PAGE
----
Criticism of livestock production systems greenhouse gas emissions (GHG) tend to revolve around the emissions intensity. This intensity of emissions was the lead argument in a recent polemic (Shear Destruction) about the need to stop producing wool. There is a balance to be sought between defending an industry (or sector) from polemic attacks and giving serious issues their due. This article seeks to put agricultural GHG emissions in an overall context.

One of the frustrating (to the writer at least) facets of some reports are the use of varying units or comparisons by which to measure or demonstrate, in this case, the amount of GHG emissions for a given source such as converting the world GHG emissions for small ruminants into the number of cars in Australia. In this article the measure of emissions will be kept to percentages, reflecting total emissions for a given source rather than the intensity of emissions (emissions per kg).

Figure 1 shows the estimated GHG emissions for Australia in the year to March 2021 from the federal Department of Industry, Science, Energy and Resources (view source here). Electricity generation is the largest contributor (33%) of greenhouse emissions, with the combined contribution of electricity, stationary energy and transport of 70%. Agriculture is the next largest contributor at 14.9%.  Fugitive emissions from fossil fuels (occurring from mining through to distribution) at 10% are two thirds that of agriculture in its entirety.

The next schematic, Figure 2, breaks up Australian agricultural emissions by source. Grazing beef is the largest source, accounting for 44% of emissions. Sheep come next accounting for 18% (which can probably be split in half for wool and sheep meat production) with dairy accounting for 10% and grain-fed beef 3%. So three-quarters of the agricultural GHG emissions come from ruminants.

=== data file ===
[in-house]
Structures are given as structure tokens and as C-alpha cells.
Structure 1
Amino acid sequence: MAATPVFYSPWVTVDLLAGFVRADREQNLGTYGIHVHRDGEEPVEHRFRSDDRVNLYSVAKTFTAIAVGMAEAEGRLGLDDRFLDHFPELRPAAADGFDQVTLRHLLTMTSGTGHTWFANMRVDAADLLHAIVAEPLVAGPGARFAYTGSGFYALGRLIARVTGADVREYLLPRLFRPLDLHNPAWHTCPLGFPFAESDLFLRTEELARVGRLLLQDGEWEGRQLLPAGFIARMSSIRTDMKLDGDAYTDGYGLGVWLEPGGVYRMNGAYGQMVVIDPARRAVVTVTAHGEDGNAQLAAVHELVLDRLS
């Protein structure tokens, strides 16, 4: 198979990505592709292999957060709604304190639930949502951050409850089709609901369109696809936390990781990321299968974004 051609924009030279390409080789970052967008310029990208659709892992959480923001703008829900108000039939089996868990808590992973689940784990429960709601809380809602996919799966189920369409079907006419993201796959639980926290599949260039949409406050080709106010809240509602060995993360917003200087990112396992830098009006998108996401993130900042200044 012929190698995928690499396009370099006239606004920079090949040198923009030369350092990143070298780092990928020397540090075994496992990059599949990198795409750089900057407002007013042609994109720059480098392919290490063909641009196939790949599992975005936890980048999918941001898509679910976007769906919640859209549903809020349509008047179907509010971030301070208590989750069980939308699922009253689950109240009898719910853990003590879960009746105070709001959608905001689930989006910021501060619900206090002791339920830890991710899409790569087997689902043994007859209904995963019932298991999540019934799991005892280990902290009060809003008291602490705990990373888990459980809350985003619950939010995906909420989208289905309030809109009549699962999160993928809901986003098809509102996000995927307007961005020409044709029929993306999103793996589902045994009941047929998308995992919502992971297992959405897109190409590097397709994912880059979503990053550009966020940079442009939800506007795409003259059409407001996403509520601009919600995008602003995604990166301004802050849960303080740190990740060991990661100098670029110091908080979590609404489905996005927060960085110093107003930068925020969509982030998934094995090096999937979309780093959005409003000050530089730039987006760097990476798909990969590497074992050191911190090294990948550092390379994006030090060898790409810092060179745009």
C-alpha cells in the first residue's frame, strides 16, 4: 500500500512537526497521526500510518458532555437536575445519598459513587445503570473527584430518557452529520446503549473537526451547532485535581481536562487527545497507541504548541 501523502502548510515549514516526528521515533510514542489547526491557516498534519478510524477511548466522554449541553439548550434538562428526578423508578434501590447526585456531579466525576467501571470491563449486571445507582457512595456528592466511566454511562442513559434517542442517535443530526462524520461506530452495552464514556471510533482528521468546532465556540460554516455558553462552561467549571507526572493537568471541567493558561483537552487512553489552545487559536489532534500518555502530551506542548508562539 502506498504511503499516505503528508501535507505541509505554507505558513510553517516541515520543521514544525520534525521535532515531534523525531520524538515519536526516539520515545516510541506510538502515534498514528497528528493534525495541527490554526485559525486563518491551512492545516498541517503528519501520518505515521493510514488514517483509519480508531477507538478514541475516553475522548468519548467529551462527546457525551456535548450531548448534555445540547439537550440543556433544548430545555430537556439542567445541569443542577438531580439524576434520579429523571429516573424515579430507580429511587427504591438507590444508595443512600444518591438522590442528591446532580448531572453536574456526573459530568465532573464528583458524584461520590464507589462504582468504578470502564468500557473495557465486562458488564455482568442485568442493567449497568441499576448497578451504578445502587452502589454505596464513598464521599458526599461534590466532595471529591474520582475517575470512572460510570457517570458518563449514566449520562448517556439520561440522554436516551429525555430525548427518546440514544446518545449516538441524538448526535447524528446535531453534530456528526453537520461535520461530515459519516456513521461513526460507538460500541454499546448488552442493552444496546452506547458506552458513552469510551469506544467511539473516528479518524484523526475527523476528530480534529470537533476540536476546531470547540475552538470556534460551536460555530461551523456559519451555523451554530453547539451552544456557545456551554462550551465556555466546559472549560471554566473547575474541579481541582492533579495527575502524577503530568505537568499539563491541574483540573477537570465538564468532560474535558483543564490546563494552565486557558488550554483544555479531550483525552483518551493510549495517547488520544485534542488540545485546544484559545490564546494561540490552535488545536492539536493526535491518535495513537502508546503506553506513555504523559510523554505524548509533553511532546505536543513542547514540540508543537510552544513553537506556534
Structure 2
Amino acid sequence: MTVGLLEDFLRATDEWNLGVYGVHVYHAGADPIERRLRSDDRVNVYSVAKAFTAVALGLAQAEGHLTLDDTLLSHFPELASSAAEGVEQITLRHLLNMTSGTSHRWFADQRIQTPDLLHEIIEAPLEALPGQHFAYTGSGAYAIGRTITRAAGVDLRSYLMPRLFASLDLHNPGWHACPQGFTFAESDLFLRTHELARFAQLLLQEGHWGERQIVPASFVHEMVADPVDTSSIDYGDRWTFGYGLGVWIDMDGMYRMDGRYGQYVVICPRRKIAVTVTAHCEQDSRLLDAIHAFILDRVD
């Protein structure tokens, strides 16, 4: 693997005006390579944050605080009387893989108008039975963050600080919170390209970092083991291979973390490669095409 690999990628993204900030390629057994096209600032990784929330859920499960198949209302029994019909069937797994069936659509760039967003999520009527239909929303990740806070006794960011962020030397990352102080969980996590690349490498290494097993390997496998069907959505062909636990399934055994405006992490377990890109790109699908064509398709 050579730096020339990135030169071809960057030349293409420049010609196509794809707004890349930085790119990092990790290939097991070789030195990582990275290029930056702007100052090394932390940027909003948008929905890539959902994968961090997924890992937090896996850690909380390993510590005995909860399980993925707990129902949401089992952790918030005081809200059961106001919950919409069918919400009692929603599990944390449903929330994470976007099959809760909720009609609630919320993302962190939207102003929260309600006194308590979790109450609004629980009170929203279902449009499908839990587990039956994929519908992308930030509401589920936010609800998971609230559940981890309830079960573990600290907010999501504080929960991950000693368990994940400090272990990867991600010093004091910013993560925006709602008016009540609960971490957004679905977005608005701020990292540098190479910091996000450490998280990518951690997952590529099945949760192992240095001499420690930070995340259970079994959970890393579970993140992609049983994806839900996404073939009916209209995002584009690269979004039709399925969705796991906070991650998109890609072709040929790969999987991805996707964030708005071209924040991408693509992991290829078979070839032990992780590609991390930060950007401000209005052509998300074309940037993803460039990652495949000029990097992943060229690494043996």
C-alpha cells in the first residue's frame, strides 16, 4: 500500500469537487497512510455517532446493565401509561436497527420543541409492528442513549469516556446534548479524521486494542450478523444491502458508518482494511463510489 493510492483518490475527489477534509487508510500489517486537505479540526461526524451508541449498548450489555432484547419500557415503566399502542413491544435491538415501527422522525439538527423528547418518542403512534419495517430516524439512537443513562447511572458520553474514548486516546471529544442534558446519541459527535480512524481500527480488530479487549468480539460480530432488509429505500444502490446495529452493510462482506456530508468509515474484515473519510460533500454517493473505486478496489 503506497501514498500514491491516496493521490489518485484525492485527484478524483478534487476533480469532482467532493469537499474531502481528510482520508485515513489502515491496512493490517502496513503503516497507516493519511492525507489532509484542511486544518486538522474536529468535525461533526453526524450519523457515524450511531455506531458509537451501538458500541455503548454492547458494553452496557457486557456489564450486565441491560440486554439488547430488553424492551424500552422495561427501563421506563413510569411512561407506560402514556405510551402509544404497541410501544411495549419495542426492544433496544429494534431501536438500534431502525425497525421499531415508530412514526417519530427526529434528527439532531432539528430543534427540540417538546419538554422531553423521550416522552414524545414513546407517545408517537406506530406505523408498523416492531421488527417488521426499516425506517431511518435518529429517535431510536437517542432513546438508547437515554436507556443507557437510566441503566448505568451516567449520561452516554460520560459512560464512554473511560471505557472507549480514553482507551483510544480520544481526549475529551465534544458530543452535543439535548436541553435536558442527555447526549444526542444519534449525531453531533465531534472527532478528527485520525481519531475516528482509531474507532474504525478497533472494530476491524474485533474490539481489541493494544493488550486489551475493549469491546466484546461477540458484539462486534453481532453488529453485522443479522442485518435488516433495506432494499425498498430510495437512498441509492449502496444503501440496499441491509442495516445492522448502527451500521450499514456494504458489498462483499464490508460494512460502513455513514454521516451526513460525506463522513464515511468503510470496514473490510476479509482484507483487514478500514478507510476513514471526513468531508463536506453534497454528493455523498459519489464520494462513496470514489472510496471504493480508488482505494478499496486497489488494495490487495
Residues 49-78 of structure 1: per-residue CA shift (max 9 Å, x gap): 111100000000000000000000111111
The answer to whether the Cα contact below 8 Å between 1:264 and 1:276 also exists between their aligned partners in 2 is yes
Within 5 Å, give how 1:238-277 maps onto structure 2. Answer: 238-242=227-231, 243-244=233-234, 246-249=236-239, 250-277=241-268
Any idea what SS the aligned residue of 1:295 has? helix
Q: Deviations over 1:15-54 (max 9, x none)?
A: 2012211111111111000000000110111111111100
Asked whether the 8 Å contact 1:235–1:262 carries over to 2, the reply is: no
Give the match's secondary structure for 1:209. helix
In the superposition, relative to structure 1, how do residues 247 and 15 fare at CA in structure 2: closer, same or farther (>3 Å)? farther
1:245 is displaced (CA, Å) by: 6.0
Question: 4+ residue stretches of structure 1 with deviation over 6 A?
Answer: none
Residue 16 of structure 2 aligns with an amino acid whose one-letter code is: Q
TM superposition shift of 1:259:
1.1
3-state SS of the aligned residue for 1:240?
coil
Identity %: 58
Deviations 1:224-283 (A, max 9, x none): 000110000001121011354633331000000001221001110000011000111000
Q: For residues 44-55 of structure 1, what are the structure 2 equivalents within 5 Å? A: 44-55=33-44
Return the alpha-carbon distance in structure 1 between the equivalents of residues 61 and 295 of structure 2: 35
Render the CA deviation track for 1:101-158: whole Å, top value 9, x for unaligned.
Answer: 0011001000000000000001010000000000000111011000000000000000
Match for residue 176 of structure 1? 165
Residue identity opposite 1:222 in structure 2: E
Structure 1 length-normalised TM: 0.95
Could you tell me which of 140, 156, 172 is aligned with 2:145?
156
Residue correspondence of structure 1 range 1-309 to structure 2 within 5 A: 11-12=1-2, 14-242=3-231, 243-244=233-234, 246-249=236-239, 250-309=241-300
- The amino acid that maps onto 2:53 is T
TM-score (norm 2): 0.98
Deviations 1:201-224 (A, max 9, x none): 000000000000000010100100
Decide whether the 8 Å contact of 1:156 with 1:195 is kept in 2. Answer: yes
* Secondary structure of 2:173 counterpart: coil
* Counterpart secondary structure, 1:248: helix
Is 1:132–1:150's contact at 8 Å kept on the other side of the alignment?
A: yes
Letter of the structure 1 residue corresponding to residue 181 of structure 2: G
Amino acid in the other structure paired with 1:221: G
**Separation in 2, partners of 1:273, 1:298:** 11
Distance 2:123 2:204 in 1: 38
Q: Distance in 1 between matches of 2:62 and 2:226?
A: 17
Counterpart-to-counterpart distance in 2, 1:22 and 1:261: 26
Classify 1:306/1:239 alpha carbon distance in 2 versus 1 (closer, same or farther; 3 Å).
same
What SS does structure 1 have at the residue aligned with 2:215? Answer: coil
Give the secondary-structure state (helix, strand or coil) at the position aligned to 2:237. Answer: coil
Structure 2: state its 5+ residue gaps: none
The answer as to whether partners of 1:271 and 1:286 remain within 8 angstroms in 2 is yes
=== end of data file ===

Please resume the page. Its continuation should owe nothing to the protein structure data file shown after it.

Figure 3 adjusts the data from Figure 2 to show the proportion of total Australian GHG emissions by agricultural source. From an overall perspective, ruminants account for 11.1% of Australian GHG emissions, about the same as the fugitive emissions from the fossil fuel industry. Beef accounts for 7%, sheep 2.7% (1.3-1.4% each for sheep meat and wool) and dairy 1.5%. Ruminant emissions are large enough to warrant attention, but they pale in comparison to the 80% of emissions contributed by energy, transport and fugitive emissions.

 Carbon Myopia which was published in 2021, seeks to encourage more thought about livestock systems and their role in the world when GHG emissions are being analysed. At a basic level ruminants convert fibrous materials and forages into protein, and in lower and middle-income countries (LMIC) have a range of other roles. Some two-third of ruminant emissions come from LMIC, so meaningful action with regard to ruminant emissions will need to take into account ruminants with the cultures of LMIC. The report also notes the wide range of emissions estimates made for ruminants, which intimates the potential for reducing emissions.

What does it mean?

Livestock products do have high emissions intensities, but there is scope in the wide variation of these intensities for the average intensity to be lowered. As it stands a world of high-income countries with a much reduced ruminant population would make a very small dent in GHG emissions.

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Key Points

  • 80% of Australian GHG emissions come from energy, transport and fugitive emissions
  • Agriculture accounts for 14.9% of GHG emissions with ruminants making up 11.1% of this total (three quarters of agricultural emissions)
  • Ruminant emissions are large enough to warrant attention but are dwarfed by energy, transport and fugitive emissions.

Click on figure to expand

Click on figure to expand

Click on figure to expand

Data sources: Dept. Industry, Science, Energy and Resources, Grattan Institute, Carbon Myopia Harrison et al, collectivefashionjustice.org

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